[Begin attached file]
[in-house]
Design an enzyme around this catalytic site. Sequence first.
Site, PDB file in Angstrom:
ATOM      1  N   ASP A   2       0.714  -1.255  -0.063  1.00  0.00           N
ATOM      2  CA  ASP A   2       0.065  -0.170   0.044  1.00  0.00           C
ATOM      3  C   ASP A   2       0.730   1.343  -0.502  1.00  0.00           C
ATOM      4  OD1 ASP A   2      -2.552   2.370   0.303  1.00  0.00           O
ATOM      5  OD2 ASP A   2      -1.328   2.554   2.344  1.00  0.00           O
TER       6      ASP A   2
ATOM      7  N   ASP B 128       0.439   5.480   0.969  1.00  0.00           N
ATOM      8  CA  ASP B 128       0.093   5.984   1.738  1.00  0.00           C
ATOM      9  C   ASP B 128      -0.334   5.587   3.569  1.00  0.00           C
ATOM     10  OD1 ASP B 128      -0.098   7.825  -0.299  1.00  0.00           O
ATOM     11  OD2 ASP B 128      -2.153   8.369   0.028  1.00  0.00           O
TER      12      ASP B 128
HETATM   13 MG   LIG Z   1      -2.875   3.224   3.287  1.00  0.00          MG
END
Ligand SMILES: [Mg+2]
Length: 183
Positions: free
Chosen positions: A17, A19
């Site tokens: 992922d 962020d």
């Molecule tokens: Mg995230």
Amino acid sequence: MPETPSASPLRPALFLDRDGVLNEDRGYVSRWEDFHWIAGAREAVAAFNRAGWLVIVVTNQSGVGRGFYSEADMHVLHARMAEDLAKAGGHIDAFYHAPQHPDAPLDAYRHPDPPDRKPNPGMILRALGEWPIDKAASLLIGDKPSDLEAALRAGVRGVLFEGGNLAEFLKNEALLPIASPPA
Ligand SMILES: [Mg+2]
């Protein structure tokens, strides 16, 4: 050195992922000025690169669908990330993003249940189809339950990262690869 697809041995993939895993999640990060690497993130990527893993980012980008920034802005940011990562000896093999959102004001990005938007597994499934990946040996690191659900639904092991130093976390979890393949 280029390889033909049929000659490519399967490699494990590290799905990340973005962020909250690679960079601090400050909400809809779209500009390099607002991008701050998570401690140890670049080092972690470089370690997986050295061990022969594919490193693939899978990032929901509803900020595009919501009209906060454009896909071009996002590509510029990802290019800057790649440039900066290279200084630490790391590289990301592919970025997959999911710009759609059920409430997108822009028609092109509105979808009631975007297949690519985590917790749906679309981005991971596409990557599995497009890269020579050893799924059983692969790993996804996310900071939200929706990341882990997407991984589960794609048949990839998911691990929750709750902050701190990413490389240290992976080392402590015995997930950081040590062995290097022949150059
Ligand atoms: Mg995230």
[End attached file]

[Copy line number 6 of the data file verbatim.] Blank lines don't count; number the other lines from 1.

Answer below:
ATOM      3  C   ASP A   2       0.730   1.343  -0.502  1.00  0.00           C